Sermon #1382 The TouchVolume 23www.spurgeongems.org 33
You see, then, the patient. A woman of spirit, of resolution and of hopefulness. Such persons make grand workerswhen they are converted! May God grant that I may have many such men and women before me and may the Mastercome, this morning, by His Spirit, and do His healing work upon them!
But now, secondly, I beg you to join with me in considering THE DIFFICULTIES OF THIS WOMAN’S FAITH.They must be weighed in order to show its strength. The difficulties of her faith must have been as follows. First, shecould hardly forget that the disease was, in itself, incurable, and that she had long suffered from it. Taken early, manymaladies may be
greatly mitigated, if not altogether removed. But it was now very late in the day with this poor sufferer.Twelve years—it is a long, long portion of human life during which to have been continually drained of the verysustenance of that life. To pine and bleed for 12 years is enough to render one hopeless.Can a cure be possible? Can the disease which has taken root in the body for 12 years be eradicated? Can theincurable be healed, after all? Her heart would naturally enquire, how can this thing be? Do you wonder that after beingso long weakened by her complaint and rendered more and more infirm by its long continuance—do you wonder, I say,if it looked to her to be an utter impossibility that she should be healed? Yet observe her conduct and admire it! Shestaggered not, but believed in Jesus!But then, again, she had endured frequent disappointments. And all these must have supplied her with terriblereasons for doubting. “Yes,” she might have said, “I remember the first physician I applied to, how he told me it was avery small matter and that if I would purchase a bottle of the large size of his Egyptian elixir, which he had importedfrom the tombs of the Pharaohs at enormous expense, I should speedily be well. Alas, he only relieved me of my gold.Then another famous professor assured me that his pills would do the work if I took them some three hundred times andwas careful to purchase them only from him, as he, alone, possessed the secret, and no one else could prepare the genuinearticle. He had no doubt that I should be greatly improved after the three hundredth box. But, alas, after tedious delay, Iwas no better.”She remembered how, under each new treatment, she interpreted every little change in herself into a hopeful sign, but soon found herself rudely shaken out of her dream by an increase of the evil. Her adventures were many, but all alikesad in their end. She remembered the grave old physician to whom she went some years ago, who shook his learned headand assured her that he had scarcely ever met with a more terrible case. It was a great mercy for her that she had come tohim, for there was not another man in Palestine who understood the disease. He believed that he could certainly stop theissue of blood by the daily use of his Balm of Lebanon, prepared from the best gums of the cedar and the richest juices of odoriferous herbs and mixed in an extraordinary manner in accordance with the suggestions of the ancients and theobservations of many years of practice.It was a mercy, indeed, that he had a little left of this matchless balm which she could have at a very moderate priceconsidering how much expense it was to him. She had taken it, but it had made her feel a new pain and had brought on afresh disease. She had paid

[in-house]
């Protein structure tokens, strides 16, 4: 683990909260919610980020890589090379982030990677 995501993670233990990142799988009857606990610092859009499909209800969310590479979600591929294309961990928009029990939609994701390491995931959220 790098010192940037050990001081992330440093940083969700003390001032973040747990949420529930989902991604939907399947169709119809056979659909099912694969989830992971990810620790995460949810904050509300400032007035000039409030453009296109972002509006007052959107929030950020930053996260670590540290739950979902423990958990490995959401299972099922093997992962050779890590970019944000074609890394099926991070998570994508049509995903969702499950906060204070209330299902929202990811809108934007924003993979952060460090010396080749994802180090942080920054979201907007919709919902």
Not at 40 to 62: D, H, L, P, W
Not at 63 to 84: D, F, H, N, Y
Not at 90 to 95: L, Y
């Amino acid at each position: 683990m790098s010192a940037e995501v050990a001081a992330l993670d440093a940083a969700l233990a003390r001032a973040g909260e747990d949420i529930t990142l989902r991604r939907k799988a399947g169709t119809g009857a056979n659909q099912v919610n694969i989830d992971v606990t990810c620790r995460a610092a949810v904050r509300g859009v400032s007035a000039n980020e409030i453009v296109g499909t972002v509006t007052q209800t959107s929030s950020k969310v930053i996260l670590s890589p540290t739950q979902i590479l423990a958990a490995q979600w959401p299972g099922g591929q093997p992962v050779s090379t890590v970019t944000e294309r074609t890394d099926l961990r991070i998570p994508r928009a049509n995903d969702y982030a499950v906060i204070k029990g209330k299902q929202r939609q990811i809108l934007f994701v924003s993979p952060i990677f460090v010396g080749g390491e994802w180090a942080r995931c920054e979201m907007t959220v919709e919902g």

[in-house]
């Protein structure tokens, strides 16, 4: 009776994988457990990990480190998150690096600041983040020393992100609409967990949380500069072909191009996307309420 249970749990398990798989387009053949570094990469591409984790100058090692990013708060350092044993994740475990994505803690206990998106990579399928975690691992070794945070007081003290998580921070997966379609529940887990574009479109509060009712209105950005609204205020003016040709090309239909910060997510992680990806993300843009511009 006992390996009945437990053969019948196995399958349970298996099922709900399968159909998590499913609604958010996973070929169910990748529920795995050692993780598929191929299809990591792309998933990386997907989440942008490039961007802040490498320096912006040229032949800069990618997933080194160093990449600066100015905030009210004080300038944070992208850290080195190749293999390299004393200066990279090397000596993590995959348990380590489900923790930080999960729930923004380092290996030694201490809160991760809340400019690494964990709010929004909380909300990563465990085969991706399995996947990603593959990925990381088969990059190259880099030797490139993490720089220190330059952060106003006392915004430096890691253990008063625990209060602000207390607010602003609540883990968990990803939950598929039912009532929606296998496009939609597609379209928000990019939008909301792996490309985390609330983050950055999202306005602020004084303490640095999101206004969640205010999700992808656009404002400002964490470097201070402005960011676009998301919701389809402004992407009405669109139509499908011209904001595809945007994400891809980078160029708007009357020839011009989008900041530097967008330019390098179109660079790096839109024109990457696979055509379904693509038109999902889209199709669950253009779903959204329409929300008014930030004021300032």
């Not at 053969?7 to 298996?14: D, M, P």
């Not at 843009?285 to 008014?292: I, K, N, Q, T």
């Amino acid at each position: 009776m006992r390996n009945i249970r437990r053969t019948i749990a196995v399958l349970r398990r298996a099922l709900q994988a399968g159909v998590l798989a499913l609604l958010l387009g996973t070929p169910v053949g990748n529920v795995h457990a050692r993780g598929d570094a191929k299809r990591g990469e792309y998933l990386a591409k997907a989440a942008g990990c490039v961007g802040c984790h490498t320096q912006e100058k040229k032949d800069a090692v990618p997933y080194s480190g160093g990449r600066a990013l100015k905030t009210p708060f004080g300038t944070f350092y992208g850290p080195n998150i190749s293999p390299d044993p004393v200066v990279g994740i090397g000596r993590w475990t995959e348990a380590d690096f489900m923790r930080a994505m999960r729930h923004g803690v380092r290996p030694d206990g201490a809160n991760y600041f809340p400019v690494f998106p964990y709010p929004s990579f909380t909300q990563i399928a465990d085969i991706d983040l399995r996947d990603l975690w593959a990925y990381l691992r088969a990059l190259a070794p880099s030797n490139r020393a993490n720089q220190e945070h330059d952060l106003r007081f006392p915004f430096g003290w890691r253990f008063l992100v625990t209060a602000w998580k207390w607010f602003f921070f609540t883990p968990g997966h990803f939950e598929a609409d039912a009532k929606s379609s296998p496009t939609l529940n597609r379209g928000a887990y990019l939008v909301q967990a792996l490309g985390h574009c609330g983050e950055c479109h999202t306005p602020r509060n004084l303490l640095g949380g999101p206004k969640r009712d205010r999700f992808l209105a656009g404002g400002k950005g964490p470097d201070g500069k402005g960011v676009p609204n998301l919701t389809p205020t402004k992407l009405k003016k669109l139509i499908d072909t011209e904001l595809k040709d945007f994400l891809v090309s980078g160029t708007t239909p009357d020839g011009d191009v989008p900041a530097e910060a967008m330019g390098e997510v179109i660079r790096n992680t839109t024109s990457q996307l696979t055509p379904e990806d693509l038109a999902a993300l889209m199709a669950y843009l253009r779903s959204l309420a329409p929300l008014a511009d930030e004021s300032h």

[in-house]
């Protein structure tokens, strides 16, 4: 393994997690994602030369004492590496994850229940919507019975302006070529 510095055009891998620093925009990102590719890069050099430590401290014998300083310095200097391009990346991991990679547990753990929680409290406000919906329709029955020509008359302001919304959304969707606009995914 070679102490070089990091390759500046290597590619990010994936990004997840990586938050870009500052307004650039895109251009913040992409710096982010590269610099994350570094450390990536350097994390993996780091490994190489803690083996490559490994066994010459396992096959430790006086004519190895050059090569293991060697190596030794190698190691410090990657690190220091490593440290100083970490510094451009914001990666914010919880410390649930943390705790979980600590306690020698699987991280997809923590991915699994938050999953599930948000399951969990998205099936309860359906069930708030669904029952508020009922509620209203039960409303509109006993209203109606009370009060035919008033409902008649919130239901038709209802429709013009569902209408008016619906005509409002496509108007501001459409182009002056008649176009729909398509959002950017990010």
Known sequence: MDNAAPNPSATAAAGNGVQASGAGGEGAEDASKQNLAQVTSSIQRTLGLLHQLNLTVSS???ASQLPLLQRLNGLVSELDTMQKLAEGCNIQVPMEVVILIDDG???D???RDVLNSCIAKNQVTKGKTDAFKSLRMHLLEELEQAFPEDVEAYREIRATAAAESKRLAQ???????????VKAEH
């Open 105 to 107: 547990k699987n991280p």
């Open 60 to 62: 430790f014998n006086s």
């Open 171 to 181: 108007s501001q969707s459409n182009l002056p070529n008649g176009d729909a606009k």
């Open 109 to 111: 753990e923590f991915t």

heavily to endure two maladies instead of one! She had changed her doctor and this timeengaged a Greek physician who heartily condemned all his predecessors as fools! He taught a system so profound that thepoor woman could not understand him at all, but believed in him, none the less, for she set it down to her own ignoranceand his deep learning. He failed, however, and she then tried a Roman doctor, a plain, blunt, practical man who talkedno Greek, but was greatly skilled in the rough and ready treatment of wounded soldiers.After trying medicines for a very considerable time, he informed her that hers was a very suitable case for a famousoperation which he had, himself, first practiced—a beautiful operation, indeed! He had tried it on scores of soldiers andalthough none had recovered, he believed that his treatment was the best known. She had declined that heroic operation, but she had endured another and another, until she moved about painfully, with the scars in her flesh of wounds whichshe had received in the house of her medical friends.When we consider the long story of which I have thus tried to make a rough draft, it would not have been at allextraordinary if she had said, “I cannot trust anybody else! Now I give it up. I would sooner die than be tortured anymore. Better to let Nature alone than that I should put myself into the hands of any more of these infallible deceivers.”Yet she was not dismayed—her faith rose superior to her bitter experience and she believed in the Lord. It is easier for meto tell this to you than it is for any of us to realize what her difficulty really must have been. If you, too, have tried bygood works, by ceremonies, by prayers and tears to obtain salvation and have been defeated at all points—it is not a